With its staging of Onegin the Royal Ballet brought into its repertory, albeit belatedly, the work of John Cranko. This Linbury event, timed to coincide with more performances of Onegin, combined a master class format (Jane Bourne rehearsing Alina Cojocaru and Johan Kobborg accompanied by Philip Gammon) and a panel discussion between Brenda Last, Ronald Hynd and Sir Peter Wright led by Phyllida Ritter. The latter was supported by video footage including excerpts from the 1960s black and white television production of Onegin featuring Marcia Haydee, Cranko’s muse, as Tatiana, and a young Lynn Seymour as Olga. (There were cries of delight from the panellists when they recognised themselves in video footage and archive still photographs.) Margaret Dale and Pamela May also contributed from the audience.
John Cranko, it was observed, would have probably protested at the evening’s title. He was a man who did not want his audience to have to “look” for anything. His belief was that everything he was trying to say should be apparent from movement. A romantic man whose life was often touched by ecstasy and shadowed by sadness (including being unable to persuade the Royal Ballet to allow him to create work for them including Onegin), Cranko was a man both of energy and intensity. Starting in 1944 he choreographed almost 100 ballets before his death at the early age of 45.
The discussion did not concentrate on what to “look for” in his ballets, but rather focused on giving an impression of the man. Here was someone who wanted to communicate, and he designed every step and lift with that primary aim, beauty of line being of secondary concern. The panel remembered a person of immense vitality and enthusiasm who demanded 100% from his dancers. The essence of the man translated itself best into the creation of dramatic ballets. He did produce abstract ballets, but, on the whole, while these were musically very clever, they were not really representative. That was not so true when he was tempted to break the rules. Then, like Balanchine whose work influenced him strongly, he shone.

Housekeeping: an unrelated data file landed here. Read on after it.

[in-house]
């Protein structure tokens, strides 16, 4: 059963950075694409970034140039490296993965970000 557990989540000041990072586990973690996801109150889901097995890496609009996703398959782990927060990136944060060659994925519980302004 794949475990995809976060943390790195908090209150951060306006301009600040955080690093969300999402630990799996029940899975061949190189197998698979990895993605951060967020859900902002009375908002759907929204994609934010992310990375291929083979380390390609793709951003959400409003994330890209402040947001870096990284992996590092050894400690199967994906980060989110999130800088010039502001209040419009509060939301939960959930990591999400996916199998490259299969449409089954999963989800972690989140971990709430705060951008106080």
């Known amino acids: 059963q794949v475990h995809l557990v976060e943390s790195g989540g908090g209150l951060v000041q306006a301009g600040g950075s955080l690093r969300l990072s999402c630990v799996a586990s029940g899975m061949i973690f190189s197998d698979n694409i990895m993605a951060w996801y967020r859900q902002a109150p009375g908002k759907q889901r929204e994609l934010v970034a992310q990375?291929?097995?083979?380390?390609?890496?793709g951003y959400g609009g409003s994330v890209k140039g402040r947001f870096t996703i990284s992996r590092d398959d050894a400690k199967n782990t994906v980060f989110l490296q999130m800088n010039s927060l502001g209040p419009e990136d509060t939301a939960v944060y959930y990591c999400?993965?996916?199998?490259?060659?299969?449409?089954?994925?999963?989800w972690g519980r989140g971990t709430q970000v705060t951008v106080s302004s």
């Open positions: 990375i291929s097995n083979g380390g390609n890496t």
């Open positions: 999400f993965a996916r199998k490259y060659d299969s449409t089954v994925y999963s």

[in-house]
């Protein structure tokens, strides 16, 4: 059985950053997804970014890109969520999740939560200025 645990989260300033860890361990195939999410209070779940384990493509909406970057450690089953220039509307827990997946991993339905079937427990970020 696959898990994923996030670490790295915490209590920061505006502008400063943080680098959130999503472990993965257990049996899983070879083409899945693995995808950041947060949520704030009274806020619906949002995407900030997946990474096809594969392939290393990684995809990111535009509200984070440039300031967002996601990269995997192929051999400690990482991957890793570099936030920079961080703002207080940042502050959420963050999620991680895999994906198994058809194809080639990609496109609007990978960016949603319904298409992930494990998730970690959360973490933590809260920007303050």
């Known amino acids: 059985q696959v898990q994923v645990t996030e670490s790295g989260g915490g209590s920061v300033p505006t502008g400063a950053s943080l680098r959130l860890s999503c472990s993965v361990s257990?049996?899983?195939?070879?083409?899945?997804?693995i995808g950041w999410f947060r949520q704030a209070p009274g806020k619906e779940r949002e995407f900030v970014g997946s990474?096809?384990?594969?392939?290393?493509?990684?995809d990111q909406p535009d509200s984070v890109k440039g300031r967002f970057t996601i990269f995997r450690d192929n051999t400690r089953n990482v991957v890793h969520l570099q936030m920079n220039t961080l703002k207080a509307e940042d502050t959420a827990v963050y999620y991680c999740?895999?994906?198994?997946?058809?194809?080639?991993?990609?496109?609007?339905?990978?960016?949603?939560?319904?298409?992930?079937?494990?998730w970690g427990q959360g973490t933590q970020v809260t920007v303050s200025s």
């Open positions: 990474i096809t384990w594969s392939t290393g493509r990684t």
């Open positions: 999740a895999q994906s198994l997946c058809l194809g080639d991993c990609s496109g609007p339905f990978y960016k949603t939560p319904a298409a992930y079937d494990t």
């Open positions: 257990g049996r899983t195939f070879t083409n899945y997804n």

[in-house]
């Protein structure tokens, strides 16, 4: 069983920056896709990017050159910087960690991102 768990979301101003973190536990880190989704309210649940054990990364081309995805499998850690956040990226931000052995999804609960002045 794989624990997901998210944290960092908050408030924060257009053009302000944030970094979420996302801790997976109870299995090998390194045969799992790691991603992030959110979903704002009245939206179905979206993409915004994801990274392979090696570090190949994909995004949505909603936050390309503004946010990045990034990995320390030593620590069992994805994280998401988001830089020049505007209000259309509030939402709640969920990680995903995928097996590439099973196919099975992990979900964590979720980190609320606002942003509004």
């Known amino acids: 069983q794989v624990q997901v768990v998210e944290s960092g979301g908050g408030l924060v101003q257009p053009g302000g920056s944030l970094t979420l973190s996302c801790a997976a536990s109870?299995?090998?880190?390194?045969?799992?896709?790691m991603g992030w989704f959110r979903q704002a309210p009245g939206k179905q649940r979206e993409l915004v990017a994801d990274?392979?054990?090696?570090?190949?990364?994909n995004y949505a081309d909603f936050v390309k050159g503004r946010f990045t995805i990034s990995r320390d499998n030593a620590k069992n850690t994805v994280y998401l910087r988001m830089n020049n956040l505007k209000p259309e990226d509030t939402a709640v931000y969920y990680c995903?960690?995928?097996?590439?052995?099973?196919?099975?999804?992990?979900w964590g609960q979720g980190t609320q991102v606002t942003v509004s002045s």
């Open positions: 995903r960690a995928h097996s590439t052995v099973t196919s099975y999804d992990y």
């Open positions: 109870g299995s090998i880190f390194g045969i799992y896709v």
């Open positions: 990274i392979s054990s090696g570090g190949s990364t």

A grainy excerpt from his 1954 ballet The Lady and the Fool (danced by Svetlana Beriosova) was also shown. It was observed that this ballet almost verged on the over sentimental, a characteristic to which Cranko was sometime prone. Another trait was his habit of recycling material from one ballet to another.
Other ballets mentioned included one of his great successes, Pineapple Poll (1951), (a role that Brenda Last danced 87 times!) and The Prince of the Pagodas (1957). Mention of the last provoked the remark that Cranko was unsparing in what he asked his dancers to do. No doubt this is true of his 1959 ballet Antigone. Peter Wright described this work as producing images that were both terrifying and dramatic. It was sincerely hoped that it might be revived.
In 1958 Cranko created his Romeo and Juliet. Like MacMillan, he used Prokofiev’s score, but he concentrated his efforts on exploring the relationship between the two central characters exposing their emotional depths. In contrast MacMillan (who Ashton chose instead of Cranko to create his ballet of the same name) produced more of an expressive piece.
The rehearsal section of the evening concentrated on the mirror scene (Act 1 scene 2) and the party scene later on in that Act. In interpreting the former, Jane Bourne counselled Alina and Johan to put a bit more schmaltz in it. Here is the moment, she said, when a young girl imagines a man telling her he loves her for the first time. Later during the discussion of this scene, Peter Wright remarked that the dancing must express the girl’s awakening sexuality, and must be erotic, passionate and contain an element of fear.
Many have noted that it is a mystery why it has taken so long for Cranko’s work to enter into the Royal Ballet’s repertory. That observation was underscored by Jane Bourne who noted that this piece very much suited the Royal Ballet, a company which consisted of dancers from the core upwards with strong dramatic qualities. Towards the end of the evening Margaret Dale read from an interview that she had done with Cranko. In it he said, (and I paraphrase), “I try to make images that speak for themselves and are related to life”. Judging by audience reaction to Onegin, he certainly succeeded.